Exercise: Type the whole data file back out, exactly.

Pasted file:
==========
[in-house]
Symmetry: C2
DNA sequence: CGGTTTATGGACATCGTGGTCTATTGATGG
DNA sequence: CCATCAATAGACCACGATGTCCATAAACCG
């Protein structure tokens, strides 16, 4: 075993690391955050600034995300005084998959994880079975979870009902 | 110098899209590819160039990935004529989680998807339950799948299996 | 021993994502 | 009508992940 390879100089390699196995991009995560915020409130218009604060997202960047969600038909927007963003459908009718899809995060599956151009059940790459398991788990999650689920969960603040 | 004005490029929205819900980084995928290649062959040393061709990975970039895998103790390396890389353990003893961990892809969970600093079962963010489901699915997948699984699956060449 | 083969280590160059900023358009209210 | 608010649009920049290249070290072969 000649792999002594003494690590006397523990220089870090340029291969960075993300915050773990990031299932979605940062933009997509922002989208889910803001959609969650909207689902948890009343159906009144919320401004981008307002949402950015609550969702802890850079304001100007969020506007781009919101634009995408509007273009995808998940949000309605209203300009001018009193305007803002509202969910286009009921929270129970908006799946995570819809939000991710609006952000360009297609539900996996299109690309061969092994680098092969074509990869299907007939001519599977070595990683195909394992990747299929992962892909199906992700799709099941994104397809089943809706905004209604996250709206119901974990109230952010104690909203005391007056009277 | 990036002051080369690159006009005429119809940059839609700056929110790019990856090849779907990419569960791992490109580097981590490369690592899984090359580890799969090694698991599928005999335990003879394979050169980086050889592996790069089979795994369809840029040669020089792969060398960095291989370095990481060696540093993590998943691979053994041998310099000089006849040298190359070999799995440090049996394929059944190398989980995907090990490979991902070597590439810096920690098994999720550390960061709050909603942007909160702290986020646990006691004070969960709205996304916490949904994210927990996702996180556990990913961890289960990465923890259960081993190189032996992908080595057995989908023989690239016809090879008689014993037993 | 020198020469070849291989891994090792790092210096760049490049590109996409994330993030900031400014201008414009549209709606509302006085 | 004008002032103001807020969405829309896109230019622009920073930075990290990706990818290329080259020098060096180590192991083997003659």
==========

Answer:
[in-house]
Symmetry: C2
DNA sequence: CGGTTTATGGACATCGTGGTCTATTGATGG
DNA sequence: CCATCAATAGACCACGATGTCCATAAACCG
């Protein structure tokens, strides 16, 4: 075993690391955050600034995300005084998959994880079975979870009902 | 110098899209590819160039990935004529989680998807339950799948299996 | 021993994502 | 009508992940 390879100089390699196995991009995560915020409130218009604060997202960047969600038909927007963003459908009718899809995060599956151009059940790459398991788990999650689920969960603040 | 004005490029929205819900980084995928290649062959040393061709990975970039895998103790390396890389353990003893961990892809969970600093079962963010489901699915997948699984699956060449 | 083969280590160059900023358009209210 | 608010649009920049290249070290072969 000649792999002594003494690590006397523990220089870090340029291969960075993300915050773990990031299932979605940062933009997509922002989208889910803001959609969650909207689902948890009343159906009144919320401004981008307002949402950015609550969702802890850079304001100007969020506007781009919101634009995408509007273009995808998940949000309605209203300009001018009193305007803002509202969910286009009921929270129970908006799946995570819809939000991710609006952000360009297609539900996996299109690309061969092994680098092969074509990869299907007939001519599977070595990683195909394992990747299929992962892909199906992700799709099941994104397809089943809706905004209604996250709206119901974990109230952010104690909203005391007056009277 | 990036002051080369690159006009005429119809940059839609700056929110790019990856090849779907990419569960791992490109580097981590490369690592899984090359580890799969090694698991599928005999335990003879394979050169980086050889592996790069089979795994369809840029040669020089792969060398960095291989370095990481060696540093993590998943691979053994041998310099000089006849040298190359070999799995440090049996394929059944190398989980995907090990490979991902070597590439810096920690098994999720550390960061709050909603942007909160702290986020646990006691004070969960709205996304916490949904994210927990996702996180556990990913961890289960990465923890259960081993190189032996992908080595057995989908023989690239016809090879008689014993037993 | 020198020469070849291989891994090792790092210096760049490049590109996409994330993030900031400014201008414009549209709606509302006085 | 004008002032103001807020969405829309896109230019622009920073930075990290990706990818290329080259020098060096180590192991083997003659």